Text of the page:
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Acquisitions of the month: February 2017

1 March 2017

Our round-up of the best works of art to enter public collections recently

Meadows Museum, Texas
Late medieval altarpiece panel (c. 1410), attributed to Pere Vall

This late medieval altarpiece panel, attributed to Pere Vall, will become the third work in the museum’s collection dating before 1450. The tempera on wood panel painting features Saints Benedict and Onuphrius, and is one of six extant panels that originally formed the bottom row of an altarpiece. Not only is this the first work by Vall to enter the museum’s collection, it is also the first work acquired under the new phase of the Meadows Acquisition Challenge Fund, established in 2006.

Saints Benedict and Onuphrius (c. 1410), attributed to Pere Vall. Photo courtesy of Sam Fogg, London

Saints Benedict and Onuphrius (c. 1410), attributed to Pere Vall. Photo courtesy of Sam Fogg, London

The Huntington and LACMA
Two prototype chairs (1979–80), made by Donald Judd

The Huntington Library, Art Collections, and Botanical Gardens, and the Los Angeles County Museum of Art (LACMA) have jointly acquired two prototype chairs by American artist Donald Judd (1928–94). LACMA already owns the matching prototype desk, and the now-united suite will go on display at the Huntington in 2018. Judd produced the furniture when he was unable to find any that suited a series of architectural conversions he completed in Marfa, Texas. His designs would later go into commercial production.

Prototype Desk and Chairs (1979–80), produced by Donald Judd. © 2017 Judd Foundation/Artists Rights Society (ARS), New York

Prototype Desk and Chairs (1979–80), produced by Donald Judd. © 2017 Judd Foundation/Artists Rights Society (ARS), New York

Colby College Museum of Art, Maine
More than 1,100 works of art to launch the Lunder Institute for American Art

Longtime benefactors to the liberal arts college, Peter and Paula Lunder, have gifted more than 1,100 artworks to the collection and will also help launch the Lunder Institute for American Art. The gift features paintings, sculptures, photography, and works on paper spanning more than 500 years, including pieces by major artists such as Jasper Johns, Ai Weiwei, and Vincent Van Gogh. The new institute will make Colby College a global centre for the study of American art, as well as encouraging cross-disciplinary learning on campus. This is not the first time the Lunders have donated art to the institution: they gave hundreds of items in 2007.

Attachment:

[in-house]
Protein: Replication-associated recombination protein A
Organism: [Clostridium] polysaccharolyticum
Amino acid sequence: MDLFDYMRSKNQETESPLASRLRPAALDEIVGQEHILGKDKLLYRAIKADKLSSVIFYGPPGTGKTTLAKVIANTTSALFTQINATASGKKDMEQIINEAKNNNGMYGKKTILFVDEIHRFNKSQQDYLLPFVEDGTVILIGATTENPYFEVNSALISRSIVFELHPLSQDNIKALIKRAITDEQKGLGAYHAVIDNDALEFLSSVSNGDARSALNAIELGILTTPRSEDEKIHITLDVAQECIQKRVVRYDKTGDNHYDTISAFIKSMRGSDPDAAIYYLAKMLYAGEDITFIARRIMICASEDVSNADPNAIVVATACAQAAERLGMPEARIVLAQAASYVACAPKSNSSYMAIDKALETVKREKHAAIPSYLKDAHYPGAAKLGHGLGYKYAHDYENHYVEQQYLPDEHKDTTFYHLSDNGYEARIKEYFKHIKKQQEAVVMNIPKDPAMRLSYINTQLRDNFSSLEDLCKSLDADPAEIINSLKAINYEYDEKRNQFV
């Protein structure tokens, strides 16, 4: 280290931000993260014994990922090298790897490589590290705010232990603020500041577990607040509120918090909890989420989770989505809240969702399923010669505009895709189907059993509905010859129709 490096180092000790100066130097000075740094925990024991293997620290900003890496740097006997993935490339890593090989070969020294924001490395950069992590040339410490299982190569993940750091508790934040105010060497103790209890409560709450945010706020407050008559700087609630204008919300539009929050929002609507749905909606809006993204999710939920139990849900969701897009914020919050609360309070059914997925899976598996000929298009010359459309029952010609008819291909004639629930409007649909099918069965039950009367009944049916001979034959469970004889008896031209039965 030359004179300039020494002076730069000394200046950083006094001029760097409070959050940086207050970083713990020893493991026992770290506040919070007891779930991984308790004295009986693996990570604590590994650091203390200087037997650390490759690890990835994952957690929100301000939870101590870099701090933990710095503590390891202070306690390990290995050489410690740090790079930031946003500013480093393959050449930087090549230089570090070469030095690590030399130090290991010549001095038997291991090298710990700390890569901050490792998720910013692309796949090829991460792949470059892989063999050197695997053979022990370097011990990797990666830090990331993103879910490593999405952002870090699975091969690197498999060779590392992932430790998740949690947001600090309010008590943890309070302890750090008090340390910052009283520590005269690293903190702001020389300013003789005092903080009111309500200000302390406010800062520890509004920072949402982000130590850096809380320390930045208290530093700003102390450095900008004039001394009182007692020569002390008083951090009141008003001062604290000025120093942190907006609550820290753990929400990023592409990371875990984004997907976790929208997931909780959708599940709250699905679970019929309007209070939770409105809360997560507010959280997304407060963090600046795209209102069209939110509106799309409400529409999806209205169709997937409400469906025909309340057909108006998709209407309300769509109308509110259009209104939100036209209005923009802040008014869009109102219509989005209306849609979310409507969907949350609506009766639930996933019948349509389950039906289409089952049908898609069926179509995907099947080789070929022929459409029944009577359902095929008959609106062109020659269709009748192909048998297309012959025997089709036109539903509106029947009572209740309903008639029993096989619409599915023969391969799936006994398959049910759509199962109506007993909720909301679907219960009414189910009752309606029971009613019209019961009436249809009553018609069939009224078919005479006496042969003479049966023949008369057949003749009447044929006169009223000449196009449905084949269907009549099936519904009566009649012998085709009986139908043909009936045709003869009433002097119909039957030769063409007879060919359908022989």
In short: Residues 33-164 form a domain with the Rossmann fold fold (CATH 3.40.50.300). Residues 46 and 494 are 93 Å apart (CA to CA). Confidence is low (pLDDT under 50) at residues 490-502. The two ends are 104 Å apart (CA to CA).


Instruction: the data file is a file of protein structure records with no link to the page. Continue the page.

Lake George in Woods (1922), Georgia O'Keeffe. © 2017 Georgia O'Keeffe Museum / Artists Rights Society (ARS), New York

Lake George in Woods (1922), Georgia O’Keeffe. © 2017 Georgia O’Keeffe Museum / Artists Rights Society (ARS), New York

Fine Arts Museums of San Francisco
62 works of art acquired by purchase/gift from the Souls Grown Deep Foundation

Over 60 works, including paintings, sculptures, drawing and quilts by 22 contemporary African American artists from the American South, will enter the collection of the Fine Arts Museums of San Francisco. The acquisition includes a significant gift from the Souls Grown Deep Foundation, a non-profit organisation that aims to preserve, exhibit and promote the work of contemporary African American artists, and holds a collection of more than 1,200 artworks.

Lost Cows (2000–01), Thornton Dial. © Estate of Thornton Dial / Artists Rights Society (ARS), NY. Photo Stephen Pitkin, Pitkin Studio, Rockford, IL / Art Resource, NY

Lost Cows (2000–01), Thornton Dial. © Estate of Thornton Dial / Artists Rights Society (ARS), NY. Photo Stephen Pitkin, Pitkin Studio, Rockford, IL / Art Resource, NY

Ashmolean Museum, Oxford
Watlington hoard, featuring rare coins and pieces of jewellery

The Ashmolean Museum has successfully raised £1.35 million to purchase the Watlington hoard, a small but rare collection of coins, jewellery and ingots (bars of silver). The hoard includes 13 examples of the incredibly rare ‘Two Emperors’ coin, offering fascinating new insights into the relationship between King Alfred the Great and his contemporary and rival, Ceolwulf II of Mercia. Generous grants from the Heritage Lottery Fund and Art Fund were supplemented by hundreds of individual donations in the nationwide fundraising effort.

Selection of items from the Watlington Hoard showing the range of objects discovered: arm-rings, ingots, coins and cut-up pieces of silver and gold. © Trustees of the British Museum

Selection of items from the Watlington Hoard showing the range of objects discovered: arm-rings, ingots, coins and cut-up pieces of silver and gold. © Trustees of the British Museum

Nationalmuseum Sweden
Study of a Sticky Nightshade or Litchi tomato (Solanum sisymbriifolium) (1683), Herman Saftleven

This botanical watercolour study was commissioned by Agnes Block, a passionate botanist and one of the artist’s most important patrons. Herman Saftleven produced over 100 botanical studies, of which only 27 are known today. In this study, Saftleven depicts a Sticky Nightshade, a prickly plant that produced edible fruits, native to South America and Africa.

Study of a Sticky Nightshade or Litchi tomato (Solanum sisymbriifolium) (1683), Herman Saftleven. Photo: Cecilia Heisser/Nationalmuseum

Study of a Sticky Nightshade or Litchi tomato (Solanum sisymbriifolium) (1683), Herman Saftleven. Photo: Cecilia Heisser/Nationalmuseum

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